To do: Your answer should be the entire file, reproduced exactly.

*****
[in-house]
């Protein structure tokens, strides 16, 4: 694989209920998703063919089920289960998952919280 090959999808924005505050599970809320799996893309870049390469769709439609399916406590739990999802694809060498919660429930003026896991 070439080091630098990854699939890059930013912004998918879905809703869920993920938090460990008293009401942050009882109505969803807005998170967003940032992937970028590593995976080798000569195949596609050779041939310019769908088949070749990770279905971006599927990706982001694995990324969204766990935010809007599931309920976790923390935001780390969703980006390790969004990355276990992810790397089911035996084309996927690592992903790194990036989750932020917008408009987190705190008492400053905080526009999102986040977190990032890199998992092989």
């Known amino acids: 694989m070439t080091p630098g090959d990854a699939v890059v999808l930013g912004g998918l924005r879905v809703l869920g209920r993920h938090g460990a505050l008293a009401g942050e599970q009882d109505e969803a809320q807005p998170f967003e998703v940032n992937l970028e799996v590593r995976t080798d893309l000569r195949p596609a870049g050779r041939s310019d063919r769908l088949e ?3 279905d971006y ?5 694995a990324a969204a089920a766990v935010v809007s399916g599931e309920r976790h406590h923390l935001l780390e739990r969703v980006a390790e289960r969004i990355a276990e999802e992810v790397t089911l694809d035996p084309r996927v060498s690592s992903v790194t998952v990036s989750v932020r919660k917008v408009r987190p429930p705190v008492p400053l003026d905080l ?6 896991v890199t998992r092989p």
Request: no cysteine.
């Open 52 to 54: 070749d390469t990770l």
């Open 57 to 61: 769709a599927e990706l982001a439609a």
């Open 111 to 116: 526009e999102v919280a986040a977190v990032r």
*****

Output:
[in-house]
């Protein structure tokens, strides 16, 4: 694989209920998703063919089920289960998952919280 090959999808924005505050599970809320799996893309870049390469769709439609399916406590739990999802694809060498919660429930003026896991 070439080091630098990854699939890059930013912004998918879905809703869920993920938090460990008293009401942050009882109505969803807005998170967003940032992937970028590593995976080798000569195949596609050779041939310019769908088949070749990770279905971006599927990706982001694995990324969204766990935010809007599931309920976790923390935001780390969703980006390790969004990355276990992810790397089911035996084309996927690592992903790194990036989750932020917008408009987190705190008492400053905080526009999102986040977190990032890199998992092989």
């Known amino acids: 694989m070439t080091p630098g090959d990854a699939v890059v999808l930013g912004g998918l924005r879905v809703l869920g209920r993920h938090g460990a505050l008293a009401g942050e599970q009882d109505e969803a809320q807005p998170f967003e998703v940032n992937l970028e799996v590593r995976t080798d893309l000569r195949p596609a870049g050779r041939s310019d063919r769908l088949e ?3 279905d971006y ?5 694995a990324a969204a089920a766990v935010v809007s399916g599931e309920r976790h406590h923390l935001l780390e739990r969703v980006a390790e289960r969004i990355a276990e999802e992810v790397t089911l694809d035996p084309r996927v060498s690592s992903v790194t998952v990036s989750v932020r919660k917008v408009r987190p429930p705190v008492p400053l003026d905080l ?6 896991v890199t998992r092989p």
Request: no cysteine.
């Open 52 to 54: 070749d390469t990770l």
């Open 57 to 61: 769709a599927e990706l982001a439609a």
């Open 111 to 116: 526009e999102v919280a986040a977190v990032r």